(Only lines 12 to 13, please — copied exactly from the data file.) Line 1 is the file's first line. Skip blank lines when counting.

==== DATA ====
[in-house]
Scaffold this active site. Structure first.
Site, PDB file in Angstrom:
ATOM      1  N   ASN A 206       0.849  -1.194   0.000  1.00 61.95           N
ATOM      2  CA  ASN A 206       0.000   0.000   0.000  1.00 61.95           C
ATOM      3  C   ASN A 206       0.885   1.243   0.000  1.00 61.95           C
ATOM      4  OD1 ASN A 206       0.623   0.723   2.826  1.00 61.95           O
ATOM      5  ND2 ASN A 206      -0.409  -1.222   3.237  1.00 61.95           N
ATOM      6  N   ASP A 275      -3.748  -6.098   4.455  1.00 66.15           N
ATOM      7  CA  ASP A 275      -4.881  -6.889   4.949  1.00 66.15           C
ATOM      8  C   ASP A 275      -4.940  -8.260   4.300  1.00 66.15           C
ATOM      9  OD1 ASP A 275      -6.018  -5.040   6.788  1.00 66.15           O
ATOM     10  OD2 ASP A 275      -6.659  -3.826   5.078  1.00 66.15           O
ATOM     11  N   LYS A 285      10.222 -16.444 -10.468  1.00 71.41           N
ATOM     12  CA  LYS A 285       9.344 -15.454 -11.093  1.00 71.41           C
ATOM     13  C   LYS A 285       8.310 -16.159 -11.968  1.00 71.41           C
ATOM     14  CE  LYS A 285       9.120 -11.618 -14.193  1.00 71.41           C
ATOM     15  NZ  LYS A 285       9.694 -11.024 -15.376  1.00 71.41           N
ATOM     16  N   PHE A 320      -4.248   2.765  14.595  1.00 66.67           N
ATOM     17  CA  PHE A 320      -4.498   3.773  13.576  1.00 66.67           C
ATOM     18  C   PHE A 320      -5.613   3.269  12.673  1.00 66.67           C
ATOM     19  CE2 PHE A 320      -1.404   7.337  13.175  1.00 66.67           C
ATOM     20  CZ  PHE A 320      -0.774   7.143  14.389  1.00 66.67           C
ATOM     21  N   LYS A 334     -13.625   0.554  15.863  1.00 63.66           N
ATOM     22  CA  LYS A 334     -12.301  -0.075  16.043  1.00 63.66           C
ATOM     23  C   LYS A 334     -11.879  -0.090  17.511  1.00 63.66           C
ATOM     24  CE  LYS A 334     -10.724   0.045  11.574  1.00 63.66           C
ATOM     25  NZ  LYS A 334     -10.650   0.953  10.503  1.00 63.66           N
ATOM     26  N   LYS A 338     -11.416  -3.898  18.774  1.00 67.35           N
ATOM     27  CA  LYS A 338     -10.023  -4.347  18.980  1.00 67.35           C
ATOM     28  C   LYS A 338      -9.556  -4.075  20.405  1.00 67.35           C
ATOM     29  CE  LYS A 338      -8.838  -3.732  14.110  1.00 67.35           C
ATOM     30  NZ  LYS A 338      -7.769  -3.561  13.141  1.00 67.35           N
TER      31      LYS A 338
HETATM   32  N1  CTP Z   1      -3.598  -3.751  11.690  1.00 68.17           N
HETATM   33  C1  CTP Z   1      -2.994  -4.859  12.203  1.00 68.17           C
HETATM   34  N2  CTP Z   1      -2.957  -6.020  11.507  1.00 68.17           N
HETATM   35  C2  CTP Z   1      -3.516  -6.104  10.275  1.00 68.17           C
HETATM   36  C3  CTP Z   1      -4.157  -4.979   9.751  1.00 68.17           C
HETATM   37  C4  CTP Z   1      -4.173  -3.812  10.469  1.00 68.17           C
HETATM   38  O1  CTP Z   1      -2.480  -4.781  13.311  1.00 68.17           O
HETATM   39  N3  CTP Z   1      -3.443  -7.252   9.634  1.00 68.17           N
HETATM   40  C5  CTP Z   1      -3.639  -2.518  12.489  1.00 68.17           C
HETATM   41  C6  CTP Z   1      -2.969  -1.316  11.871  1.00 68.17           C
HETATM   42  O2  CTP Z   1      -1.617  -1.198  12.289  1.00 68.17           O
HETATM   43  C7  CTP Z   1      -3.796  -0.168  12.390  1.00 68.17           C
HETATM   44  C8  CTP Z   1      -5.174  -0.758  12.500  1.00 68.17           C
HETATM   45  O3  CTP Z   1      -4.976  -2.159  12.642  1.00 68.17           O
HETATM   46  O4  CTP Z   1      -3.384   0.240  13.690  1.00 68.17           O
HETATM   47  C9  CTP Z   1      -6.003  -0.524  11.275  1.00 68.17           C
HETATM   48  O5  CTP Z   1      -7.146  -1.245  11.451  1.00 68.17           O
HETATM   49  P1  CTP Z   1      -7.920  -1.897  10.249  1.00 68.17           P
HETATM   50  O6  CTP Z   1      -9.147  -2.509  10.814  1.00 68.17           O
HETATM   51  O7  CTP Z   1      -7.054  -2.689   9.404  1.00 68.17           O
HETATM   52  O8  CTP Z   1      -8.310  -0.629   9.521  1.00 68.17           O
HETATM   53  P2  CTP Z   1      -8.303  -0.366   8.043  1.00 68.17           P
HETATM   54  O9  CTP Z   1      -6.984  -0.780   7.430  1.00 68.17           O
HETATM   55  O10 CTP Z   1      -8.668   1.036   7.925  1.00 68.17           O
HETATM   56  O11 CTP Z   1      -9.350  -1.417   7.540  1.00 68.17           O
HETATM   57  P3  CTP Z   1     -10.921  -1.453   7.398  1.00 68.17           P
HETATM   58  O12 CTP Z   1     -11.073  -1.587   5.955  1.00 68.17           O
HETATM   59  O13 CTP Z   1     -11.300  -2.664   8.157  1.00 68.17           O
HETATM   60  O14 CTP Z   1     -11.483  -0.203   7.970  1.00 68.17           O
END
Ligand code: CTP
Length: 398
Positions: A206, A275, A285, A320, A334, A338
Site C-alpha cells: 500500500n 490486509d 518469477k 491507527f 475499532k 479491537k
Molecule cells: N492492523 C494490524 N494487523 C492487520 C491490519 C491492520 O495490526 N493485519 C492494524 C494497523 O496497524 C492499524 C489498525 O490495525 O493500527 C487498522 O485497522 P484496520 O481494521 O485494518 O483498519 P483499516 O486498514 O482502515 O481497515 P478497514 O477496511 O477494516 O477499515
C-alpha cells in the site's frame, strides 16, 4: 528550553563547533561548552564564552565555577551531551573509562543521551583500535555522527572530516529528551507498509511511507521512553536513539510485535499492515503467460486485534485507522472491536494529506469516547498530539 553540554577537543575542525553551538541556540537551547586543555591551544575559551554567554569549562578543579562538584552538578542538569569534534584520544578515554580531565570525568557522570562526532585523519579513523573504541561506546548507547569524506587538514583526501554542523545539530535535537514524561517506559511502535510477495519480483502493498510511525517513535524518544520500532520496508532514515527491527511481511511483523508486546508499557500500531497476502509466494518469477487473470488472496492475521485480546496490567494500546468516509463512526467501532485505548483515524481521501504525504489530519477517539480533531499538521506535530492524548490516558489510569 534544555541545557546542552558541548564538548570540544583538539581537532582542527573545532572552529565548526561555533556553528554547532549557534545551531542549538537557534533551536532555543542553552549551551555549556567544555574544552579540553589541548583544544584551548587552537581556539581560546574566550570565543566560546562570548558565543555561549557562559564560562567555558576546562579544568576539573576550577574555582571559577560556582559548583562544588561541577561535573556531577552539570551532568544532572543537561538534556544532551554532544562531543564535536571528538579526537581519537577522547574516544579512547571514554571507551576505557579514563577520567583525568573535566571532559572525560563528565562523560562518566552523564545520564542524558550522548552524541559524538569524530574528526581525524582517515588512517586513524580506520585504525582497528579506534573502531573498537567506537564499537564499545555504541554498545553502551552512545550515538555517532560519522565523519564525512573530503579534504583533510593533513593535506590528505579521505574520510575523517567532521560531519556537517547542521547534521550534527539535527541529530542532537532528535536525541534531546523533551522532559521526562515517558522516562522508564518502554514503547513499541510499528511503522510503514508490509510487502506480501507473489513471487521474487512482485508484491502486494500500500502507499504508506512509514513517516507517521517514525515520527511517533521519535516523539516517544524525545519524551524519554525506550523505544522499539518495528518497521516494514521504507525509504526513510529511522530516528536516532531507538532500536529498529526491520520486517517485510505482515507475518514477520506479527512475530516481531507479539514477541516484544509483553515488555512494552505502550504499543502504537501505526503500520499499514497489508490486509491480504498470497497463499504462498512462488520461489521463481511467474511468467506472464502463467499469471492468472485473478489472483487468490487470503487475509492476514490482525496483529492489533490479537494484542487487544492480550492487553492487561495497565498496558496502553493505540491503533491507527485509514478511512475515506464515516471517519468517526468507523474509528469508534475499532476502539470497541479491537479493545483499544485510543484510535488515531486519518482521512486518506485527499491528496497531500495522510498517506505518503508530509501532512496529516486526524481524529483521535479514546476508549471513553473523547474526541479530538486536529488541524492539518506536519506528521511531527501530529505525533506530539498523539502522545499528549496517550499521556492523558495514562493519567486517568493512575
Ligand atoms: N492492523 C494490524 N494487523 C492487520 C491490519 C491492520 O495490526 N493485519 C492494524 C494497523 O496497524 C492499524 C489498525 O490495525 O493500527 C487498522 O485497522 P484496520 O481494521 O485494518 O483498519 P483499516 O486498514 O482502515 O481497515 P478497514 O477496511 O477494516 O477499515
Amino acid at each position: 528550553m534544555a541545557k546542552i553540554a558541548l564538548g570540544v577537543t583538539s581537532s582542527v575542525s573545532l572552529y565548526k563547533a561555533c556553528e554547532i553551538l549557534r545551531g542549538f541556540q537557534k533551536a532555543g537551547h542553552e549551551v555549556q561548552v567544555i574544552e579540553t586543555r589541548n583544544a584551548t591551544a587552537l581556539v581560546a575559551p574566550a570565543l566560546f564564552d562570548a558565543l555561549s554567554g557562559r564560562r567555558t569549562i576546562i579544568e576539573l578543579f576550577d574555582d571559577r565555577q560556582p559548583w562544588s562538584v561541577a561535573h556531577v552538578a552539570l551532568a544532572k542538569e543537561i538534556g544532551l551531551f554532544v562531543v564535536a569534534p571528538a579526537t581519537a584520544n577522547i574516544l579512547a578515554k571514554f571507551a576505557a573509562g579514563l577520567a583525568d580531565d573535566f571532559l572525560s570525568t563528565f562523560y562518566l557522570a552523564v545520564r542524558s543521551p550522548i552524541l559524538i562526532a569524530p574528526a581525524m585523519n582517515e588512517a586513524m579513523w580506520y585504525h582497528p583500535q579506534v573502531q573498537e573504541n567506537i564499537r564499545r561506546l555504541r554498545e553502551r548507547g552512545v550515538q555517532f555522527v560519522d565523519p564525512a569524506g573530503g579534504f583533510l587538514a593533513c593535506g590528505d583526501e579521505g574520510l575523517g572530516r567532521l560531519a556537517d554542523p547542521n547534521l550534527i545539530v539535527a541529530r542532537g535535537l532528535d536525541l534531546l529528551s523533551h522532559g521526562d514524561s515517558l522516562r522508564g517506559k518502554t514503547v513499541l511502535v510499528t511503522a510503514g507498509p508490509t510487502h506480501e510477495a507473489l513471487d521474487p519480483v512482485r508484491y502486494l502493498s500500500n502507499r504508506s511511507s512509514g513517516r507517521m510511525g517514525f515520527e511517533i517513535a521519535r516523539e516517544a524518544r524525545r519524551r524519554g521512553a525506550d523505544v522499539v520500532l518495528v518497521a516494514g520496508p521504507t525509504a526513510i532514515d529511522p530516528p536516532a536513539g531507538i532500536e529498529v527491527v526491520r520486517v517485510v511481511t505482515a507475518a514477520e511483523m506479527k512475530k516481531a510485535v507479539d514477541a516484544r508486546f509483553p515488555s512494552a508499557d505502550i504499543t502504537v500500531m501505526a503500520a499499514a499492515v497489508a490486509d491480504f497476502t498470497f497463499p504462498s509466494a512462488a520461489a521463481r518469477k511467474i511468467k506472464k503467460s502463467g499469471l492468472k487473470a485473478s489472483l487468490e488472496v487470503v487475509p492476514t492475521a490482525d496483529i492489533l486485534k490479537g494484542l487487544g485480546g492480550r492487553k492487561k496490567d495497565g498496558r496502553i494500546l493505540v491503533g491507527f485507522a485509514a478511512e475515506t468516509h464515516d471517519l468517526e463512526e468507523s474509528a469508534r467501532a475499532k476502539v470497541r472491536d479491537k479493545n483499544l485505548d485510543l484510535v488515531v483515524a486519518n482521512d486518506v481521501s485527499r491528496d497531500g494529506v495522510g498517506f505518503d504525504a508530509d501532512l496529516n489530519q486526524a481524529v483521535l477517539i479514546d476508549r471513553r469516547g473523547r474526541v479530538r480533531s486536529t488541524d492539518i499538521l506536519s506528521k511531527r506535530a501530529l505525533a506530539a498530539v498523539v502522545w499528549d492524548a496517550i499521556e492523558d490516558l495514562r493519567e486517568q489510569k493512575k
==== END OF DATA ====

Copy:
ATOM      9  OD1 ASP A 275      -6.018  -5.040   6.788  1.00 66.15           O
ATOM     10  OD2 ASP A 275      -6.659  -3.826   5.078  1.00 66.15           O